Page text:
All this babble about frames being super stiff. Well, I think the following is a good analogy. Take a thin tooth pick and compare it to a sliver of glass. Which is "stiffer"? I think the sliver of glass. Which will bend easier without breaking? The toothpick. Which might feel harsher? The sliver of glass. Which is going to feel more "damped"... the toothpick. Which is more brittle? The sliver of glass... you get the drift. My point is it's always a compromise between stiffness, harshness and comfort and handling. They are all intertwined and it's a real balancing act to get everything in good order. Years ago, when I got my first C40, I took out a an early Trek Carbon frame for a test spin. It felt extremely "brittle" for lack of a better word. The C40 did not, it felt great. But the Treks of today, or most carbon frames for that matter, have come a long way since then. With intricate layups and various mixes of fibers and resins and orientations and layup schedules, there is a huge array of design possibilities. I think the SLR is a fine example of carbon bicycle engineering and layup schedule. I'd actually like to try one long term. But right now, I'm comfortable on something with a tad more heft to it. You didn't really expect to me say I was giving up ice cream, did you?

So, really in a nutshell... they both do all the things you read about in magazines... rail the corners, climb like mountain goats, stiff yet comfortable (ha, perhaps my favorite)... maybe solid and comfortable is more appropriate here, cuz when I hear stiff I think more a feeling of "brittleness" than compliance and comfort or even solid feeling. But the one biggest difference in handling between the two is definitely and directly relatable to the front end geometry... the Trek is quicker (and requires slightly more focus) with a shorter wheelbase, whereas the Colnago is slower, not in a bad way, but it is slower and allows me to think about the beer and fries I'm going to induge in a little later.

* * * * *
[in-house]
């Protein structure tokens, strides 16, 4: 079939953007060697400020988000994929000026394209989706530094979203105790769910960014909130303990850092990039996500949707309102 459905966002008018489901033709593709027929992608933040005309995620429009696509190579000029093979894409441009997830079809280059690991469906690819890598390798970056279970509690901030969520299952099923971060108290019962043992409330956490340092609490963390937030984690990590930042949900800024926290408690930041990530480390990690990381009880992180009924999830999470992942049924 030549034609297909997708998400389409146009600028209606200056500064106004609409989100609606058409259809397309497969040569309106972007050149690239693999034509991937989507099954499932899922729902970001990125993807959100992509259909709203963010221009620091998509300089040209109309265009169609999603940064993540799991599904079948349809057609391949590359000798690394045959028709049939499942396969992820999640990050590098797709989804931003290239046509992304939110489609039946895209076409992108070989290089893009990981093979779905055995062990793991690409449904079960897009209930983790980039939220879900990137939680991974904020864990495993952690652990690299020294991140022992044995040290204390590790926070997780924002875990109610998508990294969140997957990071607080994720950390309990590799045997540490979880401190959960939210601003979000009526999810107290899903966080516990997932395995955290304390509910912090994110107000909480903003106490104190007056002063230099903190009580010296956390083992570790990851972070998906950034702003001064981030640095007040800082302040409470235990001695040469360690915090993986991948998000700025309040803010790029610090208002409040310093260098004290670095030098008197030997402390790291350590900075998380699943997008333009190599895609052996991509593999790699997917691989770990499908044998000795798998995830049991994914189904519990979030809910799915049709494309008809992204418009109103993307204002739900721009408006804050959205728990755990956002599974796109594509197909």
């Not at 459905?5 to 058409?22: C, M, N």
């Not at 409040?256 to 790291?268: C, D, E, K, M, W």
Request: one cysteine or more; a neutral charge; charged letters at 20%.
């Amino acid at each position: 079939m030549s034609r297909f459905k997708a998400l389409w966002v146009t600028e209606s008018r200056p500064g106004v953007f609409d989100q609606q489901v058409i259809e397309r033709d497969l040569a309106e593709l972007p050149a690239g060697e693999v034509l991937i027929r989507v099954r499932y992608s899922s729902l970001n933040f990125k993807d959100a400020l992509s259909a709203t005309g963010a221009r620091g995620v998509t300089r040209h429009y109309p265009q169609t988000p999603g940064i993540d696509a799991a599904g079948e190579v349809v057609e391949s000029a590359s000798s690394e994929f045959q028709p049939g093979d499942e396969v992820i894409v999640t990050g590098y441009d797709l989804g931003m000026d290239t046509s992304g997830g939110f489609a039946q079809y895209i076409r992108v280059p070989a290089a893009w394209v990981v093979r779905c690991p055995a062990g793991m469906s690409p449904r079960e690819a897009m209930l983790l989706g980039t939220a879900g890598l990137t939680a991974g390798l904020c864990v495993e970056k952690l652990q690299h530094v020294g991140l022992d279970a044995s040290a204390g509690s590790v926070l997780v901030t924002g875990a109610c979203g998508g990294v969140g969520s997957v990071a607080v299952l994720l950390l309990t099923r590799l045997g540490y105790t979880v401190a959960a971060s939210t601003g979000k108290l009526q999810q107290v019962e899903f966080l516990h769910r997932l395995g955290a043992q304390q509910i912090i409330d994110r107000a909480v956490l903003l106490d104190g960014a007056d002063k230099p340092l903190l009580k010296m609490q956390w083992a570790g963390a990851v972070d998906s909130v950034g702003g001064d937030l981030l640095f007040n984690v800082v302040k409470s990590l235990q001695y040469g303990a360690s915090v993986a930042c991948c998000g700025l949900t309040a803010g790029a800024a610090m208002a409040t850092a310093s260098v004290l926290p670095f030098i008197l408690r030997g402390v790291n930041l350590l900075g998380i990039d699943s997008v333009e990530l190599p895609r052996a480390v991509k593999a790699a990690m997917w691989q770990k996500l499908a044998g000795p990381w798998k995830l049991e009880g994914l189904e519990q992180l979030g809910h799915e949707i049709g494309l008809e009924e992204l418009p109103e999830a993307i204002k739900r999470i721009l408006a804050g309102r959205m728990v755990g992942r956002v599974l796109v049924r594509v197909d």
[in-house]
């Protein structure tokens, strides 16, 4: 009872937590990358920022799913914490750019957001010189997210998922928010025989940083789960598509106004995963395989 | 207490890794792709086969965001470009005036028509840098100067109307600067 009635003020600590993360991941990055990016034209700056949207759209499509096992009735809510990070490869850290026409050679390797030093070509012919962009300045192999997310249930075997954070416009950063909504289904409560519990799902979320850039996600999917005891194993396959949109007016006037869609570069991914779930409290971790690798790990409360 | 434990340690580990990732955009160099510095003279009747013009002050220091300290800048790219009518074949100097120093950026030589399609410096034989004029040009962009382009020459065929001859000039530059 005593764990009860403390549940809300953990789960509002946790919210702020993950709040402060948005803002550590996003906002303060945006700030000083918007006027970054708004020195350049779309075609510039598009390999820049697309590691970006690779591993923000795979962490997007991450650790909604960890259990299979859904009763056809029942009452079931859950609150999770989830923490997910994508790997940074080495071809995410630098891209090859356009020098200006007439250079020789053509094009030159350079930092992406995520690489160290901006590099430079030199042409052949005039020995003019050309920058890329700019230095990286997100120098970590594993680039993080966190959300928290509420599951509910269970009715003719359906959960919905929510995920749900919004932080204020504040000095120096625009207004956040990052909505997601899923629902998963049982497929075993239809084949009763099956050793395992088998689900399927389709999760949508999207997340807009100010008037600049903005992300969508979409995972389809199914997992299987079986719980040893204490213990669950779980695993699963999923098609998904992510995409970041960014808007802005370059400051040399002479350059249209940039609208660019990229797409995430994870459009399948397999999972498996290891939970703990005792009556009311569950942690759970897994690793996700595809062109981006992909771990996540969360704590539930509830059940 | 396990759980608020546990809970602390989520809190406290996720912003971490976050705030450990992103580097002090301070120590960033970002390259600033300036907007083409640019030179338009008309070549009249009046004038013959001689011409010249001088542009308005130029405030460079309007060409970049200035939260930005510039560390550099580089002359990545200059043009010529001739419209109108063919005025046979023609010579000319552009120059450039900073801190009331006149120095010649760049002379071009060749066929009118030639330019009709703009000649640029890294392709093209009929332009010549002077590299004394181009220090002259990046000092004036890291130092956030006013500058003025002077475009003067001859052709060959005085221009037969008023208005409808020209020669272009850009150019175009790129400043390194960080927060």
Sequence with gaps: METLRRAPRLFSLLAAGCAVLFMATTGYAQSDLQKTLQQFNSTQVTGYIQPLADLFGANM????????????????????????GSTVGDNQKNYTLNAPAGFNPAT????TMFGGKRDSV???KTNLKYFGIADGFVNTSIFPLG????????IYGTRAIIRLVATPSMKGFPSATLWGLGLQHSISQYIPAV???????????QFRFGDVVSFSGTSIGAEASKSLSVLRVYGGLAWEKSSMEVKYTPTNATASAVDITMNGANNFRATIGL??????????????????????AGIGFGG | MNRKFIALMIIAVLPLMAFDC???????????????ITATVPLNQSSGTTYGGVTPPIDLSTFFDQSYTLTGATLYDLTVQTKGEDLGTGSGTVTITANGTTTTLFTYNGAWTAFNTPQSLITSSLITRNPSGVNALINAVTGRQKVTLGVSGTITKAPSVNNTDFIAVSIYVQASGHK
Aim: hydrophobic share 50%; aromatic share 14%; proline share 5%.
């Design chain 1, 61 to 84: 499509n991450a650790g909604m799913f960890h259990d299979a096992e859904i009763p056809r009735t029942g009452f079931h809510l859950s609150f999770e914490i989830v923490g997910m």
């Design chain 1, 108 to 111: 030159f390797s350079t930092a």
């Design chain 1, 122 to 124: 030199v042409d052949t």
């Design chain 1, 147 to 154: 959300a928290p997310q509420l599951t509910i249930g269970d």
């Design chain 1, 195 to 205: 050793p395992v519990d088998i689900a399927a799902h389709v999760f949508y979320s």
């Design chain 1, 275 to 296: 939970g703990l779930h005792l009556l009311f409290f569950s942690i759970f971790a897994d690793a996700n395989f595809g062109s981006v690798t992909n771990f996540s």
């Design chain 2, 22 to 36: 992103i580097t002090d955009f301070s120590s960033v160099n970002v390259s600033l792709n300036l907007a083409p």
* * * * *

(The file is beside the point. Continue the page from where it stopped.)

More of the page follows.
I dunno... hope that provides at least an idea of what I think...

Here's a reconcilation of the frame and fork weights of the Koppenberg versus the C60. It is done to the lowest common denominator, meaning, as an example, the Koppenberg has part of it's seattube and seatpost combined into the frame, so in order to compare apples to apples, I need to add the colnago seatpost and collar to the mix as well. Hope you get the drift when looking at the chart. Ultimately, they are both within 100 grams of each other. Maybe considered heavy, and we know Trek can produce a lighter frame, but ride quality of these frames as I define it is superb.... (I will be building up a new Time Skyon next week, and that thing is in the same weight ballpark as these frames too... in fact the fork is the heaviest I've seen at ~550grams. Somehow, I can't help think it's going to have a phenomenal ride as well). Ah what the hey, I may as well include it in the chart right now as well, for comparison sake...

Image

Well, I think that's a good start at least on my ride impressions. If you want to know any more details, feel free to ask.
Last edited by Calnago on Mon Jan 15, 2018 9:53 pm, edited 2 times in total.
Colnago C64 - The Naked Build; Colnago C60 - PR99; Trek Koppenberg - Where Emonda and Domane Meet;
Unlinked Builds (searchable): Colnago C59 - 5 Years Later; Trek Emonda SL Campagnolo SR; Special Colnago EPQ